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Format: Paperback
Apparently Time Magazine, Neil Gaiman and everyone else in the world but me loves this book. I must admit Valente can conjure a gorgeously lyrical turn of phrase. And if you appreciate novelty, nearly every sentence has at least one new idea the reader must pause to visualize. Having said that, I came away from this book feeling like Valente has taken a big steaming dump on Narnia, Wonderland, Neverland, Hogwarts and Oz, without ever catching the slightest glimpse of their true value and beauty, while also fluttering within a hair’s breadth of openly supporting inequity and child abuse. I found myself absolutely Hating this book.... Hating it so much I had to capitalize the word Hate and still half-considered tacking on a few extra H’s... HHHHHHHHHated.

My initial frustration was with the relentless bombardment of inventions, which while omnipresent were not especially imaginative. It's as though Valente took Alice in Wonderland, The Wizard of Oz, The Chronicles of Narnia, Peter Pan, Harry Potter and a few others, threw them in a blender, and then poured the mixture arbitrarily into chapter-sized saucepans. One example that jumps out: in the Narnia books C.S. Lewis created the incredibly evocative 'Wood Between the Worlds.' Valente adds the thinnest coat of varnish imaginable to his idea, calling it 'The Closet Between Worlds.' Seriously?!? If this is meant to parody Narnia, I don't get it. If it's not meant as parody, it's hard to think of a less imaginative piece of literary theft; why not just name one’s villain 'Snarth Vader'?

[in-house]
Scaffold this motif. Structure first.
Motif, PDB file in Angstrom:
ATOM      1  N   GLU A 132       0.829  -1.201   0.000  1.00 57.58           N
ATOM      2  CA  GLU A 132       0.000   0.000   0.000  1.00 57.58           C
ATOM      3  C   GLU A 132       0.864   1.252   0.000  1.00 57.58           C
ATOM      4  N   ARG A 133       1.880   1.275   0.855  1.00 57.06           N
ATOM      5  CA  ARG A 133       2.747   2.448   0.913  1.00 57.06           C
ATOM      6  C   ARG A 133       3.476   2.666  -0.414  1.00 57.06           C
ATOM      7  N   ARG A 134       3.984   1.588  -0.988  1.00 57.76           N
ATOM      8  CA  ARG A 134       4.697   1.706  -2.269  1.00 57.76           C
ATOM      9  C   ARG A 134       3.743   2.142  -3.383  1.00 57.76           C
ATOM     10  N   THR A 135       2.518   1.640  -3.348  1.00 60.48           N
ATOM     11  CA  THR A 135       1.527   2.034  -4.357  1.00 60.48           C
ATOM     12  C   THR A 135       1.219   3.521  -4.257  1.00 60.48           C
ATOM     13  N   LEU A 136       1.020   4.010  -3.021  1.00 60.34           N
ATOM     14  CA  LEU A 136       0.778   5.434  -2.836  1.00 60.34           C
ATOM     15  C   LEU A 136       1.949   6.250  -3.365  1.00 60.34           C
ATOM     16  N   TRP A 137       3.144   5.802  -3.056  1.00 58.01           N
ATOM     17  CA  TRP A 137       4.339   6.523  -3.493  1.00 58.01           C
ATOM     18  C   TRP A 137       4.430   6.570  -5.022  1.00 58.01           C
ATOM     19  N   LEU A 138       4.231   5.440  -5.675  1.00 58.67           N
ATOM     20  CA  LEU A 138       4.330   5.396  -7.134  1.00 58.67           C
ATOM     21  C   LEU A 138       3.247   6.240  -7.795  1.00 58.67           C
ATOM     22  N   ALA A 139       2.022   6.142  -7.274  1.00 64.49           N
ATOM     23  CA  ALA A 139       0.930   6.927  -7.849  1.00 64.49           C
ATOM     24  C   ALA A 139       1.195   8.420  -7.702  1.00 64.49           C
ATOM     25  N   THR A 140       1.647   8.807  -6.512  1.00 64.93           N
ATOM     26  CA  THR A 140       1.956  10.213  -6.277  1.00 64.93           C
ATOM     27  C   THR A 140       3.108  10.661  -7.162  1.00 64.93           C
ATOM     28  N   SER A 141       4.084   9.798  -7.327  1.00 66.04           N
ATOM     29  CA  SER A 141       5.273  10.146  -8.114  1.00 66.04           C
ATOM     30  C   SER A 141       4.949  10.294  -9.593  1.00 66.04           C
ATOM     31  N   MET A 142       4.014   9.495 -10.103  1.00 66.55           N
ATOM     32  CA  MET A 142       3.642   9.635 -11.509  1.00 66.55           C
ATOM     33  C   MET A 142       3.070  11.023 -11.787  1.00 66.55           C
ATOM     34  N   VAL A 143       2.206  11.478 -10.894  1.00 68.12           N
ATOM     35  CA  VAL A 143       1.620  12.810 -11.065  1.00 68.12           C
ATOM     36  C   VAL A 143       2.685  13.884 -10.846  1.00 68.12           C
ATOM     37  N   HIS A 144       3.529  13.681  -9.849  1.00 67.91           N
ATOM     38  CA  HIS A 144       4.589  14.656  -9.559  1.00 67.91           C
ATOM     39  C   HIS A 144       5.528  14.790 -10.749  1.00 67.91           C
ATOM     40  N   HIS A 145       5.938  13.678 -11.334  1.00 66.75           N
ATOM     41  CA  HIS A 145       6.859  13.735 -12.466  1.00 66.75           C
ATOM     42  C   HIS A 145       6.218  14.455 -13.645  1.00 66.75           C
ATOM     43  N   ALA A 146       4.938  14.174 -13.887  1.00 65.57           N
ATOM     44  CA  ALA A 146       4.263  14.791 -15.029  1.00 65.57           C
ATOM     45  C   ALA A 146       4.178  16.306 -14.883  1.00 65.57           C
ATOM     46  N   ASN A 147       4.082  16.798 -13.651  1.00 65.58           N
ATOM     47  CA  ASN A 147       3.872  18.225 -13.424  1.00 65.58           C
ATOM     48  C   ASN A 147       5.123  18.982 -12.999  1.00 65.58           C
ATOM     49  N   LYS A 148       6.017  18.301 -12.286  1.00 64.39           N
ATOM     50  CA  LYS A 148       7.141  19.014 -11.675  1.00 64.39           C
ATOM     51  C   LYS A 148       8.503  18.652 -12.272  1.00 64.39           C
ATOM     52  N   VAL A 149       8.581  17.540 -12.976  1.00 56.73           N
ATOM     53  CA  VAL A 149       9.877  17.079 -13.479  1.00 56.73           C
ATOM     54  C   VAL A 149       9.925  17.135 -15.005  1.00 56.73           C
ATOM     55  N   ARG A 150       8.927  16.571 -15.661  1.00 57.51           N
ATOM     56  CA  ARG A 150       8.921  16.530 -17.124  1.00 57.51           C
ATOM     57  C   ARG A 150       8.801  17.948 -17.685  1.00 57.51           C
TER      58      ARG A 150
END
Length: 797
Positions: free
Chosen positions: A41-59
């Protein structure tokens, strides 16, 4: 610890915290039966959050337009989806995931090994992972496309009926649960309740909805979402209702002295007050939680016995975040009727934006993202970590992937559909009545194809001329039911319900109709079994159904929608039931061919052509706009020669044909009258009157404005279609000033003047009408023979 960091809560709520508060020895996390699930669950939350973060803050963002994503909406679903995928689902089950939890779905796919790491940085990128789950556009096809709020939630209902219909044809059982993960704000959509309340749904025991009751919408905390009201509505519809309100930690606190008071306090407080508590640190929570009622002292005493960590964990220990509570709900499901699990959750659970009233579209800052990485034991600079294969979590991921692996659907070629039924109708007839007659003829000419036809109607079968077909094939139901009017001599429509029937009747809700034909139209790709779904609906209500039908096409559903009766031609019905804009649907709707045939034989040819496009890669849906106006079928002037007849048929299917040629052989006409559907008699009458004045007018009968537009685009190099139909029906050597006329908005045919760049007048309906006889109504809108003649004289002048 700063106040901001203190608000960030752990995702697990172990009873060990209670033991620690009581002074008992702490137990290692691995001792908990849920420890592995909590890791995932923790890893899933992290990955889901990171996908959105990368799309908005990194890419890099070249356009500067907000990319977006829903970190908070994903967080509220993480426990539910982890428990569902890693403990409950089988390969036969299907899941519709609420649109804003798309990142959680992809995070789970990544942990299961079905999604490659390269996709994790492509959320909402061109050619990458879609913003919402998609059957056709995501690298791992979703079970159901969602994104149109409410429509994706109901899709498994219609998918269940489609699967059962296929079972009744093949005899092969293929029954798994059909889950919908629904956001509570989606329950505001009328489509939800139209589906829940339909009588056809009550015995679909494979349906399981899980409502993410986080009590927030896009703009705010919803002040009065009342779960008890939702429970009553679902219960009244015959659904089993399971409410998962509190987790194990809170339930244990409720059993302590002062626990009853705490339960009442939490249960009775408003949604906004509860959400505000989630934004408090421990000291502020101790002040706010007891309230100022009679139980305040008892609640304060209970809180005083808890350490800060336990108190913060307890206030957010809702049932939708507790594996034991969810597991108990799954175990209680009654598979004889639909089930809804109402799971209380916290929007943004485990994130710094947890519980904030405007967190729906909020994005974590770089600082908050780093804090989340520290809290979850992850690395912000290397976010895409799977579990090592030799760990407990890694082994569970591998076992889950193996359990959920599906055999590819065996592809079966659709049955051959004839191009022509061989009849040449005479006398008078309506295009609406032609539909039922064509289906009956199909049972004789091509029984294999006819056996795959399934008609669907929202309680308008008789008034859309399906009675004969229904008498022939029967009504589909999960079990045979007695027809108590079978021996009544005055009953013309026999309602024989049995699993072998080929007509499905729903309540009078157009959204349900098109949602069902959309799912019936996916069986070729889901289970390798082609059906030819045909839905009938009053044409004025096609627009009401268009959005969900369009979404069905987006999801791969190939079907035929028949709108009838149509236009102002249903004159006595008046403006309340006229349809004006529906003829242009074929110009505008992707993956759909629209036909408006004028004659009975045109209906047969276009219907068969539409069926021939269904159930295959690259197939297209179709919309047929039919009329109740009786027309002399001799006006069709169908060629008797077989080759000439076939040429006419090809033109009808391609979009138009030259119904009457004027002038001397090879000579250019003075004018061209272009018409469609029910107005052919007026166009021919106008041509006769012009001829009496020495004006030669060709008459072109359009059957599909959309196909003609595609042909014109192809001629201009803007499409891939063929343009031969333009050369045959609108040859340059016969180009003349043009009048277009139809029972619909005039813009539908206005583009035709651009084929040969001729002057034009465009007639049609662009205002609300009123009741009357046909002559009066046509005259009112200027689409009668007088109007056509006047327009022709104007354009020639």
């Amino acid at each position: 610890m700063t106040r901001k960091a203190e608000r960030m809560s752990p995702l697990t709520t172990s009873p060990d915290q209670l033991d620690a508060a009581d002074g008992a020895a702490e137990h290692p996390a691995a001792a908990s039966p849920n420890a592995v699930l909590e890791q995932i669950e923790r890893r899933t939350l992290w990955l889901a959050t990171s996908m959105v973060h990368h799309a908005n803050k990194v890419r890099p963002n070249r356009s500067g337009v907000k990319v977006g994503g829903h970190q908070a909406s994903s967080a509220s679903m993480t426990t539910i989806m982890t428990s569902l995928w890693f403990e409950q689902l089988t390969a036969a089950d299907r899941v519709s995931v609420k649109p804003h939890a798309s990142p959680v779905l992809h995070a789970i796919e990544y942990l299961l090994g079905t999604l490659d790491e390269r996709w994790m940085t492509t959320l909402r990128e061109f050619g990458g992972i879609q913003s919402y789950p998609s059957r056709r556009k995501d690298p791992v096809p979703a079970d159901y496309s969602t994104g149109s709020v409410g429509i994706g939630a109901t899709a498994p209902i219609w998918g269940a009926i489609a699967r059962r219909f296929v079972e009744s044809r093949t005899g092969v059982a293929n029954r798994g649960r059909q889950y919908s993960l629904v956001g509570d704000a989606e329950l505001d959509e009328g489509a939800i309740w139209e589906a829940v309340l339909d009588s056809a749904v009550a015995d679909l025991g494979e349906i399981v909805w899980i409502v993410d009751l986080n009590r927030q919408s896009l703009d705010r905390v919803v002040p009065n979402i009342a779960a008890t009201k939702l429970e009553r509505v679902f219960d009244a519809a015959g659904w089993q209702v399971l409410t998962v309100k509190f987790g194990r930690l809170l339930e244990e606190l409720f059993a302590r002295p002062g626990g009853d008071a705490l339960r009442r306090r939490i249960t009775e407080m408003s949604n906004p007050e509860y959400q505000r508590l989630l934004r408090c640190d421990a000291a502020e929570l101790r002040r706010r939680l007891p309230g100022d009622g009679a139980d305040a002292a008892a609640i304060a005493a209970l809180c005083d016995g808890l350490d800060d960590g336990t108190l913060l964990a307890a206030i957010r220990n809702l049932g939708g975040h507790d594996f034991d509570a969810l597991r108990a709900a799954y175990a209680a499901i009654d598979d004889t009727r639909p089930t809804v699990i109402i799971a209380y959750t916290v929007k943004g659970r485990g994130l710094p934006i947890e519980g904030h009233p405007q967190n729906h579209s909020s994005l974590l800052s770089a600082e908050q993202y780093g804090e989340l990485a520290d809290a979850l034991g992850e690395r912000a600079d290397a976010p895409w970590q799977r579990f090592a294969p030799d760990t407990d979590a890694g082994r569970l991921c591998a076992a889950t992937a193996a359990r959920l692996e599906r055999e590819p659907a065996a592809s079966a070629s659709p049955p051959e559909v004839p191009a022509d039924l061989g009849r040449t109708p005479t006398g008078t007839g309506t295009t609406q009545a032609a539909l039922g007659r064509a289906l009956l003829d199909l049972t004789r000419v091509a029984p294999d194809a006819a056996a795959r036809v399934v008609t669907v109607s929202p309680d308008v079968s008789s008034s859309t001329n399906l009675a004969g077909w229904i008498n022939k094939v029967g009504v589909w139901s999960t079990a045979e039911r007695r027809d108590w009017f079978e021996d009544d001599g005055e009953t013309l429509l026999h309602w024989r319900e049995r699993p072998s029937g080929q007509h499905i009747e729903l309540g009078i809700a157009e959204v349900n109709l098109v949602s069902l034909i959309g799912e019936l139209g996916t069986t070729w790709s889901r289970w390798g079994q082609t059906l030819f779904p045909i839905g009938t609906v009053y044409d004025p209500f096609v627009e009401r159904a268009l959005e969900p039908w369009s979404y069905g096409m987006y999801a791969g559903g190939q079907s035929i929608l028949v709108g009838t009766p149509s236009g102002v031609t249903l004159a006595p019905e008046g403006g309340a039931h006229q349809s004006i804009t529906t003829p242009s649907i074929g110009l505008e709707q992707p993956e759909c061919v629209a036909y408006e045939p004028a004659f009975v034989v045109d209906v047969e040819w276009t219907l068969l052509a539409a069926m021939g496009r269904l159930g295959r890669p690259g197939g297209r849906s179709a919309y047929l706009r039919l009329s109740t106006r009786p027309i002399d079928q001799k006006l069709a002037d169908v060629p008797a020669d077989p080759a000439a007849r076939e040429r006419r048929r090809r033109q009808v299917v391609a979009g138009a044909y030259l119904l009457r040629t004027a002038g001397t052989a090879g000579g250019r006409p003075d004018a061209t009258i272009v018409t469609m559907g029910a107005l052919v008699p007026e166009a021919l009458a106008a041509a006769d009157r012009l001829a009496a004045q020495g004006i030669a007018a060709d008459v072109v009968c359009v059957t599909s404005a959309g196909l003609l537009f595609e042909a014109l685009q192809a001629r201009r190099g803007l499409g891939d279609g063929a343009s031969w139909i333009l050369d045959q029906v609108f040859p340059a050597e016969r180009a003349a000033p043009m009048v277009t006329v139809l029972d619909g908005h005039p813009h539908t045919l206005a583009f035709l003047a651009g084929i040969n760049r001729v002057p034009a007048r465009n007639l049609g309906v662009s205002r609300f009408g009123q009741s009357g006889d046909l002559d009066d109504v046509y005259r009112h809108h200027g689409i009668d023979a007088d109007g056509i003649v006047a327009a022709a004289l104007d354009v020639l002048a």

What is that makes Oz, Wonderland, Narnia, and Middle Earth so wonderfully alive and evocative while the oodles of imitations always feel so lifeless and emotionally tone-deaf?
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Format: Hardcover
Every child wants to be whisked away to a magical land, have adventures, and set out on a fantastical quest against a tyrant.

It's a pretty typical fantasy storyline as well, and it takes something special to make such stories stand out. Catherynne Valente's "The Girl Who Circumnavigated Fairyland in a Ship of Her Own Making" is an enchanting example, filled with delightful nonsense, wryly witty prose, and a wonderfully oddball world that reminds me of a more lyrical Lewis Carroll.

A young girl named September is whisked away from her boring Nebraska home by the Green Wind, who takes her to Fairyland. But September soon finds herself traveling through Fairyland herself, encountering a soap golem, a half-library wyvern named A-Through-L, a wairwulf, the Perverse and Perilous Sea with its golden beaches, The House Without Warning, gnomish customs agents, a jeweled key, a migration of bicycles.

She also is given a quest by a pair of witches -- find the magical spoon that the cruel Marquess stole from their dead brothers. So she and the Wyverary set out to the city of Pandemonium, but soon find themselves (and a flying leopard named Saturday) on a new quest, with overwhelming results for all the people of Fairyland.

Normally, Catherynne Valente has a lush, lyrical, sensual writing style, and there's a fair amount of that in this book ("... the moon slowly fall down into the horizon and all the dark morning stars turn in the sky like a silver carousel"). Her Fairyland is a weird, sometimes dangerous place filled with countless oddball creatures (migrating bicycles!), making her story feel like a more plotcentric "Alice in Wonderland.